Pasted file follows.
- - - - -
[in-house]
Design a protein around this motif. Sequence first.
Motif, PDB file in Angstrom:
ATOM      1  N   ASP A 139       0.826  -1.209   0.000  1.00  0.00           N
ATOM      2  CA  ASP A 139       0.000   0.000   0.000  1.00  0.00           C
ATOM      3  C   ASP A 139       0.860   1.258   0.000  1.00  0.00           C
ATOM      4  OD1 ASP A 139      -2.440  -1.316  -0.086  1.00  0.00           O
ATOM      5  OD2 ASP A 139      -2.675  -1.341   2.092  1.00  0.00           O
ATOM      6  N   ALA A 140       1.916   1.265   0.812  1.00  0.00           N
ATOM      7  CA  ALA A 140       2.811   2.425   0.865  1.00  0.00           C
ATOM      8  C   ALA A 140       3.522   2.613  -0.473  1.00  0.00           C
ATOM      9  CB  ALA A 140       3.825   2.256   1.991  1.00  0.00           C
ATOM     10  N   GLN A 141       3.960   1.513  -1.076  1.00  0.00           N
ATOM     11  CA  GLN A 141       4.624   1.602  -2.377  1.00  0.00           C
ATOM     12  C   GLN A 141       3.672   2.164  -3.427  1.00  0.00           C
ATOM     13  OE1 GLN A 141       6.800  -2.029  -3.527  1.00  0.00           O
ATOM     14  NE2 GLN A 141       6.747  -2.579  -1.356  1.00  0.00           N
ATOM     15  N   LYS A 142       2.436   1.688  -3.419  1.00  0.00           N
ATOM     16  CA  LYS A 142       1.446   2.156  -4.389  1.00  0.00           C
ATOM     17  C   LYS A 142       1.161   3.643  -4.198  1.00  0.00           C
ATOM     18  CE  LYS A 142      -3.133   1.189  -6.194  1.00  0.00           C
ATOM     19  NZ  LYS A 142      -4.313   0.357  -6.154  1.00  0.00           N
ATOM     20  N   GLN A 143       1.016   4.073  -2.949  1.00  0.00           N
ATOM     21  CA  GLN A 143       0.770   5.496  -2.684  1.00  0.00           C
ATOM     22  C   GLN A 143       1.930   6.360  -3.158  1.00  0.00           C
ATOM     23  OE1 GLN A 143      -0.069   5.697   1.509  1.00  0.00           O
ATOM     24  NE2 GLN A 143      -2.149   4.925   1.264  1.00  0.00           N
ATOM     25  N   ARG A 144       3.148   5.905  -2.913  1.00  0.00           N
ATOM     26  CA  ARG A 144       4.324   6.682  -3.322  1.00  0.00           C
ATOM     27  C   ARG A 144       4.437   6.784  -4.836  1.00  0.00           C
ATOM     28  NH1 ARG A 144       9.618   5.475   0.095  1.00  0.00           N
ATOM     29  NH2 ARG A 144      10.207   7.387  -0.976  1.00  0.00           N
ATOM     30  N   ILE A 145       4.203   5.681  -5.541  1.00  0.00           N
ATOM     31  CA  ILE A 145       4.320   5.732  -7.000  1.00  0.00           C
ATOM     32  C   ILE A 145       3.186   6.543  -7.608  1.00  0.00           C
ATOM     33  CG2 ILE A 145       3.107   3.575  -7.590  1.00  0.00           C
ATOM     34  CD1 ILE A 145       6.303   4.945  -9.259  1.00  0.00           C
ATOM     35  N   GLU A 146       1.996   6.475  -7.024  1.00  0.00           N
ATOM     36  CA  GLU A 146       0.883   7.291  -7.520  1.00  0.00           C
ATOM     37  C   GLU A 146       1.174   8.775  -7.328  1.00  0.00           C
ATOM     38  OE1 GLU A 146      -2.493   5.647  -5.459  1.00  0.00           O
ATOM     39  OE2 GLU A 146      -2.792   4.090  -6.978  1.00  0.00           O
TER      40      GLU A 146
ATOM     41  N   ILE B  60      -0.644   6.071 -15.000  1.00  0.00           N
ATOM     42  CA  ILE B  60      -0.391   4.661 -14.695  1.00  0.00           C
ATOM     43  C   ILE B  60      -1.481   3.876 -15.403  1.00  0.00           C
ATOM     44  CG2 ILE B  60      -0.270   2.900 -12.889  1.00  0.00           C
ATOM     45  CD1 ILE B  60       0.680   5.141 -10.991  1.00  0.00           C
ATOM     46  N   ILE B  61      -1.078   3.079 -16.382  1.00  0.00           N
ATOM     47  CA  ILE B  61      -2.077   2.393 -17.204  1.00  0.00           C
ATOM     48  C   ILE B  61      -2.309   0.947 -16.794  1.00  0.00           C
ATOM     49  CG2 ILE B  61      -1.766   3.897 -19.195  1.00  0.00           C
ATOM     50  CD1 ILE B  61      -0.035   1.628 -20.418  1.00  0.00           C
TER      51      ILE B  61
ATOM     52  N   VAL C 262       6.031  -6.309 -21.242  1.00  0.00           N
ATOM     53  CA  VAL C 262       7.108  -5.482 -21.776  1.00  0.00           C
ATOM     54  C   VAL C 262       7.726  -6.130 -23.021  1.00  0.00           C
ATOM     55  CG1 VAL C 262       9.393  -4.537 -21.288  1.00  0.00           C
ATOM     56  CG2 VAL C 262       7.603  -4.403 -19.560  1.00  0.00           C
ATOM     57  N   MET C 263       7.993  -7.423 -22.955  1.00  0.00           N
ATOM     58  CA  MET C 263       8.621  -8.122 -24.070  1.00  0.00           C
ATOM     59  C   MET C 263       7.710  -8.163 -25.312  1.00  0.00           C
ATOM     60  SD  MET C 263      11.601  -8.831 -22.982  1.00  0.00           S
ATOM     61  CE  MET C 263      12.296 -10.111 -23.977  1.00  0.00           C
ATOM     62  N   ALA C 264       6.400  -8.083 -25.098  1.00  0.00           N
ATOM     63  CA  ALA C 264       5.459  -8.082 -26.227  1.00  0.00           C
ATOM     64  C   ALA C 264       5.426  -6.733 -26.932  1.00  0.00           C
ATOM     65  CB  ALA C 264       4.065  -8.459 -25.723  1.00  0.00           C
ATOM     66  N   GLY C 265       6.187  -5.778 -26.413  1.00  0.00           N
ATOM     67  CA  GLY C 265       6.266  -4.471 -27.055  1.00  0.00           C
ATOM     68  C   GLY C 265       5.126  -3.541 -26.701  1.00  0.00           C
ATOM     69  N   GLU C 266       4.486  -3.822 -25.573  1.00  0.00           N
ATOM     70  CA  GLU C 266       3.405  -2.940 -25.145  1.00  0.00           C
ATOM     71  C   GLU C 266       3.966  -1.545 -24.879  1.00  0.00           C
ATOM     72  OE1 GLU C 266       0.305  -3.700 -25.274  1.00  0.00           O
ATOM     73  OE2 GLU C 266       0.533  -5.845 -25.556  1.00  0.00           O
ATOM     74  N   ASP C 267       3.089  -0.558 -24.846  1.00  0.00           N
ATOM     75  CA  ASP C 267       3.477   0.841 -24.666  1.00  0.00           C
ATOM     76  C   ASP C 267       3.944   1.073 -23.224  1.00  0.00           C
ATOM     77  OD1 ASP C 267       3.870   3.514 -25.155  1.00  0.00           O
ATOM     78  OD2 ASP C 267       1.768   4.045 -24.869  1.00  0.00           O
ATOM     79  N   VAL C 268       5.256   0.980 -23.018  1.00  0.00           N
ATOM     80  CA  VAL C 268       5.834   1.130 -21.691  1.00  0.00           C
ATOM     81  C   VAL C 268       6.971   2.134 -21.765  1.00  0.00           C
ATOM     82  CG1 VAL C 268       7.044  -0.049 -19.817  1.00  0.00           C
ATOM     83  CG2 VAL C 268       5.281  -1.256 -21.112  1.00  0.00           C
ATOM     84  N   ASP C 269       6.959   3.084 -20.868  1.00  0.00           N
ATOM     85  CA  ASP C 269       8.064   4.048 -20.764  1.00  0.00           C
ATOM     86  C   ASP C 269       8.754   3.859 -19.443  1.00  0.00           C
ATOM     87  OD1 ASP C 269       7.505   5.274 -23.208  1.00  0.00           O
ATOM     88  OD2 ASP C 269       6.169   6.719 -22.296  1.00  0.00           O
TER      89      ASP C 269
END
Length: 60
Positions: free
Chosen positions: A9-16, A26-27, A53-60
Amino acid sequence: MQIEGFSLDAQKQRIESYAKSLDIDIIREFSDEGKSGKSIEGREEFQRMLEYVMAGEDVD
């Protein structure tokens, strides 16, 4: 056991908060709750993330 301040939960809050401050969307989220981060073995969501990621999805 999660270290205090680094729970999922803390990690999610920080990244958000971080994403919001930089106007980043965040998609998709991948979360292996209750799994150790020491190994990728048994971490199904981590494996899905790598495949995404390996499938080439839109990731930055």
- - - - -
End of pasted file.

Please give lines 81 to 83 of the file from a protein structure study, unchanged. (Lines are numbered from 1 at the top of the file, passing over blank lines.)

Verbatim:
ATOM     78  OD2 ASP C 267       1.768   4.045 -24.869  1.00  0.00           O
ATOM     79  N   VAL C 268       5.256   0.980 -23.018  1.00  0.00           N
ATOM     80  CA  VAL C 268       5.834   1.130 -21.691  1.00  0.00           C